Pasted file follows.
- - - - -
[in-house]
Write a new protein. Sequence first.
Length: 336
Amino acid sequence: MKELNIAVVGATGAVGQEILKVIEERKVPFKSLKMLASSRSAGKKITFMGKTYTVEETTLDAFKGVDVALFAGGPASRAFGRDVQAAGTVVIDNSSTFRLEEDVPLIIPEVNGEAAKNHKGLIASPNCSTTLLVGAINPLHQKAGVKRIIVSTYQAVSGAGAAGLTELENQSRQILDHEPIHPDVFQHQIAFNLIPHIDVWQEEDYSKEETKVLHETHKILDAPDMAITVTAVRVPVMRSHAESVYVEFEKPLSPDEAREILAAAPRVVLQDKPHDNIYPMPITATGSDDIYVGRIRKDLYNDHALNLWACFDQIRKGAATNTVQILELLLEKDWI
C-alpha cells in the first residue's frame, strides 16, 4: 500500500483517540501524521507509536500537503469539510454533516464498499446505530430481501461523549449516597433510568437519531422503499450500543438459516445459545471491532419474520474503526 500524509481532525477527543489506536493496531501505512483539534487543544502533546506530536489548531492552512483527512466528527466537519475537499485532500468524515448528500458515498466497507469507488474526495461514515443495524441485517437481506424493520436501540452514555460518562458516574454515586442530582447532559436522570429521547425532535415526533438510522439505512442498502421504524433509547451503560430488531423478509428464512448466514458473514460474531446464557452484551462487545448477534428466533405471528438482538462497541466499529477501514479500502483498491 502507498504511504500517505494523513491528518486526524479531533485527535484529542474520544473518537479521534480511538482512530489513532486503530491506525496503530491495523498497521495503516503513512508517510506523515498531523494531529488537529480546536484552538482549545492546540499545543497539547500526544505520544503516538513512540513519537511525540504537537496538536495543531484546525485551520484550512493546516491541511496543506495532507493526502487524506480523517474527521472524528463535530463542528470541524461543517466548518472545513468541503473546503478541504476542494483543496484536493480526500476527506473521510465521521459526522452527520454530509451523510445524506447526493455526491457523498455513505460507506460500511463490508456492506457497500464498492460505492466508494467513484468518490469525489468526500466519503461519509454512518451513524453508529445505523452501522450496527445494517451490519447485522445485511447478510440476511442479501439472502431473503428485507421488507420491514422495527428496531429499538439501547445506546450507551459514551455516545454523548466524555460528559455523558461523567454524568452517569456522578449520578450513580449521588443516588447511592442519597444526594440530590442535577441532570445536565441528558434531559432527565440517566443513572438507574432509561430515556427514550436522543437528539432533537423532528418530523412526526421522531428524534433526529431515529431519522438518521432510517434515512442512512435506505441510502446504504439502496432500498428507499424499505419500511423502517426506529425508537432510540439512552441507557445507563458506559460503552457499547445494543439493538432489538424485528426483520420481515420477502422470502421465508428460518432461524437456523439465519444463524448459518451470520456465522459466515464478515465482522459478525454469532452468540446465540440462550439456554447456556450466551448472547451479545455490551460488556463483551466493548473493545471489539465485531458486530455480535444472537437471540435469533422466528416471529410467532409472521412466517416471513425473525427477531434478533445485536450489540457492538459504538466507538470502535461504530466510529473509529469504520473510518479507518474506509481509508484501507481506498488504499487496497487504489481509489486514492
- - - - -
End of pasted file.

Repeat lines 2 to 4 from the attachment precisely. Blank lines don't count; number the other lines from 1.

Write a new protein. Sequence first.
Length: 336
Amino acid sequence: MKELNIAVVGATGAVGQEILKVIEERKVPFKSLKMLASSRSAGKKITFMGKTYTVEETTLDAFKGVDVALFAGGPASRAFGRDVQAAGTVVIDNSSTFRLEEDVPLIIPEVNGEAAKNHKGLIASPNCSTTLLVGAINPLHQKAGVKRIIVSTYQAVSGAGAAGLTELENQSRQILDHEPIHPDVFQHQIAFNLIPHIDVWQEEDYSKEETKVLHETHKILDAPDMAITVTAVRVPVMRSHAESVYVEFEKPLSPDEAREILAAAPRVVLQDKPHDNIYPMPITATGSDDIYVGRIRKDLYNDHALNLWACFDQIRKGAATNTVQILELLLEKDWI